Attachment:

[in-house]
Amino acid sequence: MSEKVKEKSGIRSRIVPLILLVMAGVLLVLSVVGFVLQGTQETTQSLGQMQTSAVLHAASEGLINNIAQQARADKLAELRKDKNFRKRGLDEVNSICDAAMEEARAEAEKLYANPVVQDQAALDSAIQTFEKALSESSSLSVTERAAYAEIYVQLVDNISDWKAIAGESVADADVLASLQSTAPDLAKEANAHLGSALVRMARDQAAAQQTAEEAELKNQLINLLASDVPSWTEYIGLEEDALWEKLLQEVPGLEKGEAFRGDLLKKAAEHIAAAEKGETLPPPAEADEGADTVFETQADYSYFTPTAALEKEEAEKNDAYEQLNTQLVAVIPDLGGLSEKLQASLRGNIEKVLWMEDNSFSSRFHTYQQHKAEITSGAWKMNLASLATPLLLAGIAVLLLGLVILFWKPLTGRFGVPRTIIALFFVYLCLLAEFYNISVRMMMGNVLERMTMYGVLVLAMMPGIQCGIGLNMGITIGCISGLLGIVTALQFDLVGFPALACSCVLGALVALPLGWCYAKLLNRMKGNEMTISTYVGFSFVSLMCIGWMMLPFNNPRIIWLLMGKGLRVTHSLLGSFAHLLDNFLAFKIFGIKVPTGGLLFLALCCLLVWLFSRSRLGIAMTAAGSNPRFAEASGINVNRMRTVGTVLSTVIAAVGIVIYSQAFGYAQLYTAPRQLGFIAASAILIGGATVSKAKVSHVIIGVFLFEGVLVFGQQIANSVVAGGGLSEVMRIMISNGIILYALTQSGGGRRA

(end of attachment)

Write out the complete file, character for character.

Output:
[in-house]
Amino acid sequence: MSEKVKEKSGIRSRIVPLILLVMAGVLLVLSVVGFVLQGTQETTQSLGQMQTSAVLHAASEGLINNIAQQARADKLAELRKDKNFRKRGLDEVNSICDAAMEEARAEAEKLYANPVVQDQAALDSAIQTFEKALSESSSLSVTERAAYAEIYVQLVDNISDWKAIAGESVADADVLASLQSTAPDLAKEANAHLGSALVRMARDQAAAQQTAEEAELKNQLINLLASDVPSWTEYIGLEEDALWEKLLQEVPGLEKGEAFRGDLLKKAAEHIAAAEKGETLPPPAEADEGADTVFETQADYSYFTPTAALEKEEAEKNDAYEQLNTQLVAVIPDLGGLSEKLQASLRGNIEKVLWMEDNSFSSRFHTYQQHKAEITSGAWKMNLASLATPLLLAGIAVLLLGLVILFWKPLTGRFGVPRTIIALFFVYLCLLAEFYNISVRMMMGNVLERMTMYGVLVLAMMPGIQCGIGLNMGITIGCISGLLGIVTALQFDLVGFPALACSCVLGALVALPLGWCYAKLLNRMKGNEMTISTYVGFSFVSLMCIGWMMLPFNNPRIIWLLMGKGLRVTHSLLGSFAHLLDNFLAFKIFGIKVPTGGLLFLALCCLLVWLFSRSRLGIAMTAAGSNPRFAEASGINVNRMRTVGTVLSTVIAAVGIVIYSQAFGYAQLYTAPRQLGFIAASAILIGGATVSKAKVSHVIIGVFLFEGVLVFGQQIANSVVAGGGLSEVMRIMISNGIILYALTQSGGGRRA